• $\begingroup$ This can be changed. Cf. meta.stackoverflow.com, which awards +10 for questions. $\endgroup$ Aug 18, 2010 at 7:04
  • $\begingroup$ that's interesting to note. $\endgroup$ Aug 18, 2010 at 7:39
  • $\begingroup$ Since most users are going to be common to MO, it might have been better to have the same scoring system. This way users can compare reputation points across sites. $\endgroup$ Aug 18, 2010 at 15:08
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    $\begingroup$ I think to encourage more significantly fleshed out questions, it would be good to use +10 as MO does. We now have several nice but brief questions with in-depth answers. This is rational behaviour, but it would make more sense for the background and motivation to be up front in the question, instead of added as part of an answer. $\endgroup$ Aug 19, 2010 at 2:16
  • $\begingroup$ This answer is incorrect. They can not and did NOT hack their system to change the voting patterns. They are running an older version of the software which had different voting weight. See @Moron's answer: meta.cstheory.stackexchange.com/questions/37/… $\endgroup$ Aug 20, 2010 at 3:45
  • $\begingroup$ @Charles Stewart: See blog.stackoverflow.com/2010/03/… : “on Meta, the value of a question upvote will still be +10” I do not know why, but as a matter of fact it is designed that way. I do not think that it is configured on a site-by-site basis. $\endgroup$ Sep 6, 2010 at 2:21

If a great question generates several well-thought-out answers, it deserves a great deal of credit. Otherwise there is little incentive to ask careful, well-thought-out questions, but we will keep seeing all these one-liners that have started to appear as questions. I really dislike this. Many researchers have several hundred questions of that form in their notes, but these are not valuable without some fleshing out.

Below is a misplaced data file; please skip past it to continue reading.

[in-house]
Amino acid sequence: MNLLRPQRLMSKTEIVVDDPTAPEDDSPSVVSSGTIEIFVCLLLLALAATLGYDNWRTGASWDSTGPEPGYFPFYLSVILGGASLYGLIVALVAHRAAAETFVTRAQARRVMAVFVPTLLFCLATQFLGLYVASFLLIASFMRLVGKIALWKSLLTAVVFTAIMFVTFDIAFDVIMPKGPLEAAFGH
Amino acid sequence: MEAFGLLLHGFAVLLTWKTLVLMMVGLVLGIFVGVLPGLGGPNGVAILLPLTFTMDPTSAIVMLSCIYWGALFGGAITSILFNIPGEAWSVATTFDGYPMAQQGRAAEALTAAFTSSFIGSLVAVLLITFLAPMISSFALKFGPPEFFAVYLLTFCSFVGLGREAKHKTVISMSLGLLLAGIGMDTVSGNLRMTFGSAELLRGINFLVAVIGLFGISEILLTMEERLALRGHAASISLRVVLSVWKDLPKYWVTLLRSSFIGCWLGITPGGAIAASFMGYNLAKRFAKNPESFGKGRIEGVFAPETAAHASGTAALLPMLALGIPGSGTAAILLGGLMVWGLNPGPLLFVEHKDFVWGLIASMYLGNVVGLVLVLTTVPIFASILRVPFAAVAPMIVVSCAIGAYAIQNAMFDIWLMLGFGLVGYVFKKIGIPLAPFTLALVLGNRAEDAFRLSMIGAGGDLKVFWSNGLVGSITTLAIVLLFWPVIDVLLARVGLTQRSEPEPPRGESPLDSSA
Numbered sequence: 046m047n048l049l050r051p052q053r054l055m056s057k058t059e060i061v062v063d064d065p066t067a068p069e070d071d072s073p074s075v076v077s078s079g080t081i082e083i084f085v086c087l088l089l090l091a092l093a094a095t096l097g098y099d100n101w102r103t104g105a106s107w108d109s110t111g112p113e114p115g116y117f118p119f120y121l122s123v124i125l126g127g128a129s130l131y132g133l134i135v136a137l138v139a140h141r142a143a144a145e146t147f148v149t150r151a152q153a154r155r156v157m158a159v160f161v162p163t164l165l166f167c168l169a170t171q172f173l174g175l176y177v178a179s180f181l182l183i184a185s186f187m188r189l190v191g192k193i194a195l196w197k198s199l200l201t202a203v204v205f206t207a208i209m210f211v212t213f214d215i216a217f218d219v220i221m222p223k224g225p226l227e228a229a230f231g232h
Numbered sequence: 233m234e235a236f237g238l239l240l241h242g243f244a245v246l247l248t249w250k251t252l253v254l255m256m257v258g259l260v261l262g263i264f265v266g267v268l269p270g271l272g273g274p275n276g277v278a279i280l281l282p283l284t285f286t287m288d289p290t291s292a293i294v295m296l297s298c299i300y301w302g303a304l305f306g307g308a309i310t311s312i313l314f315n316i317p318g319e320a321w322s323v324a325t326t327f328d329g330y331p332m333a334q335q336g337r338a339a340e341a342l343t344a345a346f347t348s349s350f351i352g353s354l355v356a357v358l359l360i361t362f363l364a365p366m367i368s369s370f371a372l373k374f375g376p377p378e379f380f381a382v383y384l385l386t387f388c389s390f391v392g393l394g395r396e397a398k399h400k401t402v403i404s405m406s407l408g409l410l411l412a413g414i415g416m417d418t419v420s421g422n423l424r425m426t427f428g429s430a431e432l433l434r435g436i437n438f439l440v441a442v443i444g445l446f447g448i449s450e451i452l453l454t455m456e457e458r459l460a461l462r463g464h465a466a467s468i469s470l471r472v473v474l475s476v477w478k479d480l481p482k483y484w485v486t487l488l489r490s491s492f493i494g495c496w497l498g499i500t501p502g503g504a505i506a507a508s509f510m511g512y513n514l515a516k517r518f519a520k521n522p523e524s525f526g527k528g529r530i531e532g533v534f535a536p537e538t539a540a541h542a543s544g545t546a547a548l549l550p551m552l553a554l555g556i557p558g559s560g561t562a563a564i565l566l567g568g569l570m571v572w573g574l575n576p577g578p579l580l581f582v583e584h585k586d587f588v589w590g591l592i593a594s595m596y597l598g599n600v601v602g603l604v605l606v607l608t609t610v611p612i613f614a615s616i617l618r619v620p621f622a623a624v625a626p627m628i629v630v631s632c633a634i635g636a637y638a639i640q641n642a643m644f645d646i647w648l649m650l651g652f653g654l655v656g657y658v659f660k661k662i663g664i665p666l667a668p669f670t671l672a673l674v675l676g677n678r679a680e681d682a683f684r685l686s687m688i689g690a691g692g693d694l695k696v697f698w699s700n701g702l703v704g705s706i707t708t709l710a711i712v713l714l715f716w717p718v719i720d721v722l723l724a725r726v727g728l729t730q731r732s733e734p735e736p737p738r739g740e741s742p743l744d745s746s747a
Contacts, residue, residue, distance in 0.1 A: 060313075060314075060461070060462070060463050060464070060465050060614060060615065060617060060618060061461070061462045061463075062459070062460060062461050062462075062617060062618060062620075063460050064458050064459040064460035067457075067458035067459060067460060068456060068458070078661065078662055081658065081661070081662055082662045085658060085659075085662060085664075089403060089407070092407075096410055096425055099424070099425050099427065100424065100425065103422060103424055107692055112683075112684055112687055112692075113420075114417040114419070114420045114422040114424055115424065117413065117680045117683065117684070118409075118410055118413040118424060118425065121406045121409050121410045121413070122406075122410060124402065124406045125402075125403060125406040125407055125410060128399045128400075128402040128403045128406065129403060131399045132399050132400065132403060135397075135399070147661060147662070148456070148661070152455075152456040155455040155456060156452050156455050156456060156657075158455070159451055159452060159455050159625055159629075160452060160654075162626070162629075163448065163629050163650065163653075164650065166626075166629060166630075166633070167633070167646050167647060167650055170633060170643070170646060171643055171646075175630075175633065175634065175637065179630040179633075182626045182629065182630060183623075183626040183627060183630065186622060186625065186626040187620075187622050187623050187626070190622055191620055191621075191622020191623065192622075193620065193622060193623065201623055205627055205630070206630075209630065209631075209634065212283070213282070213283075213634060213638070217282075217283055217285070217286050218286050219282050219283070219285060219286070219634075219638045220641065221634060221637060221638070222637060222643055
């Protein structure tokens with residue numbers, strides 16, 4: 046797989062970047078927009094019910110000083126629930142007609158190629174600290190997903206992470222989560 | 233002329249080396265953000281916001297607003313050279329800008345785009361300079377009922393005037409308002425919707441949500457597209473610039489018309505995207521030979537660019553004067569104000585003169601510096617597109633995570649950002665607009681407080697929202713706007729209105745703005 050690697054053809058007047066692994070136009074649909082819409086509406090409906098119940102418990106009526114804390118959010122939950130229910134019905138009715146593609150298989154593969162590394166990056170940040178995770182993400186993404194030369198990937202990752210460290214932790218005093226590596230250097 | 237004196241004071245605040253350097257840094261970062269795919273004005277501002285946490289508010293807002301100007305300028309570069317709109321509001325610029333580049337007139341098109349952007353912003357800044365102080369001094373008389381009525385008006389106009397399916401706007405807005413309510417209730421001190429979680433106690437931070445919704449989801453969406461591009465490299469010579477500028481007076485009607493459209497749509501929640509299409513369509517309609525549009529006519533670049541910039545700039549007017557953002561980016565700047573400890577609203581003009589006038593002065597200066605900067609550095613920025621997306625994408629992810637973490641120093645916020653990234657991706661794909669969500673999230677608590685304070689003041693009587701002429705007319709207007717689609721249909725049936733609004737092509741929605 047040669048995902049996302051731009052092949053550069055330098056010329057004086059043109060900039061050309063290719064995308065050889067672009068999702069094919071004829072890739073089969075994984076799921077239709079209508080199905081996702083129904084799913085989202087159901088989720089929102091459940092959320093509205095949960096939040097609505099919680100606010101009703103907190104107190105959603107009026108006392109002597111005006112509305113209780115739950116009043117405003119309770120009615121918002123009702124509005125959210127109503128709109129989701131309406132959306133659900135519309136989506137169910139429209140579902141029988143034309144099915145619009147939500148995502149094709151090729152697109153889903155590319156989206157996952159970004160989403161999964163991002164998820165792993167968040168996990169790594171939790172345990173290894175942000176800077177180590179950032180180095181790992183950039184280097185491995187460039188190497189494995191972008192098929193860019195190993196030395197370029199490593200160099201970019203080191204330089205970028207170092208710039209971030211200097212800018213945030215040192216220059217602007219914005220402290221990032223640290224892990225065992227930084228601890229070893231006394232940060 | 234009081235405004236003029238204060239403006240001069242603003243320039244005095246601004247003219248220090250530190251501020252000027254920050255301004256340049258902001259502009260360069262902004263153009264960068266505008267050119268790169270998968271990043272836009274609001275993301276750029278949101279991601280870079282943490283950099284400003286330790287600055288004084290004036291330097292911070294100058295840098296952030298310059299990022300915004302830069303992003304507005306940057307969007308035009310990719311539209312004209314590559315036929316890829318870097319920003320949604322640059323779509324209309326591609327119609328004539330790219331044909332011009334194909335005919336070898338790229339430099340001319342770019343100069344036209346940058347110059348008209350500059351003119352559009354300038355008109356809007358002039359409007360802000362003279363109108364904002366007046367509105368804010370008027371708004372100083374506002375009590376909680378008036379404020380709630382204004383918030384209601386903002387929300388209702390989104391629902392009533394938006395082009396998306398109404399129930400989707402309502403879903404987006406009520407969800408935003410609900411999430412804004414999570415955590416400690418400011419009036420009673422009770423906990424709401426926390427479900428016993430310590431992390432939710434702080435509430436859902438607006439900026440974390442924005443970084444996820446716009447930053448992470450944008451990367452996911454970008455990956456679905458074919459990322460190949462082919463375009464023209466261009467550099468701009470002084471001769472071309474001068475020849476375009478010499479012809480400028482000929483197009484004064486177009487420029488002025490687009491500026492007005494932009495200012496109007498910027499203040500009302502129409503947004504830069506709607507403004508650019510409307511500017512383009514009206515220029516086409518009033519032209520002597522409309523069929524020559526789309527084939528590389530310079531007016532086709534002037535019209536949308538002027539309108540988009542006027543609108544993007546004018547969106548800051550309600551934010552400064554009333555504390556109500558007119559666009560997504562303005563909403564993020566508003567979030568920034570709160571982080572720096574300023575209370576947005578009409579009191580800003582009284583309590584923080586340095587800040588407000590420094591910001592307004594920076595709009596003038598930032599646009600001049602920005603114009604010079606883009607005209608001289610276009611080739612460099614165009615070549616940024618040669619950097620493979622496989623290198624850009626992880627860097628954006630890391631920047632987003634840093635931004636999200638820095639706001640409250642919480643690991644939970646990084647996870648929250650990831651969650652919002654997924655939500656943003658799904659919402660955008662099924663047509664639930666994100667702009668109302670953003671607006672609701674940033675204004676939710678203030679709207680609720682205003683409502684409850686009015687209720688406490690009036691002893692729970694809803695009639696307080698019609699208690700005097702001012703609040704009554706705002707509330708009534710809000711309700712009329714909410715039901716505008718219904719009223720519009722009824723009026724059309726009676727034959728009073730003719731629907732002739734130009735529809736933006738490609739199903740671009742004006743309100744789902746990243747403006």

A prototypical good question should provide some background, motivation for why the question is important, perhaps sketch some consequences, and ideally provide a link to relevant literature. This requires at least as much effort as generating an answer.

If we encourage short questions with little background, we are going to see few novel research-level questions. Instead we will see fashionable questions which we have all seen before, or based on the pattern of "take a pair from the complexity zoo, generate question, rinse&repeat". These can be stated without significant preliminaries.

I would like to see more questions which are significant contributions by themselves, where someone poses a novel connection, or an interesting issue that came up in their work. To encourage this, it would be useful to award at least the same number of points as to answers.

  • $\begingroup$ you could always use downvotes to signal your displeasure. not ideal, but I've started doing that. I agree with your complaint about one-liner questions $\endgroup$ Aug 24, 2010 at 21:35
  • $\begingroup$ True, but I'd like to keep downvotes for truly bad questions and answers. Sometimes the one-liner is a perfectly OK question, and could become a great question with a bit of fleshing out. $\endgroup$ Sep 4, 2010 at 22:49
  • $\begingroup$ Awarding +10 points instead of +5 for an upvote for a question will certainly encourage some users to post more questions, but I am not sure if it works as an incentive to post well-thought-out questions (good) or as an incentive to post many one-liner questions (bad). Apparently, it seems that the SO people made the change from +10 to +5 to discourage asking many quick questions. blog.stackoverflow.com/2010/03/… $\endgroup$ Sep 6, 2010 at 2:29
  • $\begingroup$ Tsuyoshi Ito: that makes sense, thanks for the link. However, I remain sceptical: a timer for questions would seem more useful than using the sledgehammer of weights. Something like: maximum two questions with no upvotes can be asked at one time. $\endgroup$ Sep 6, 2010 at 20:54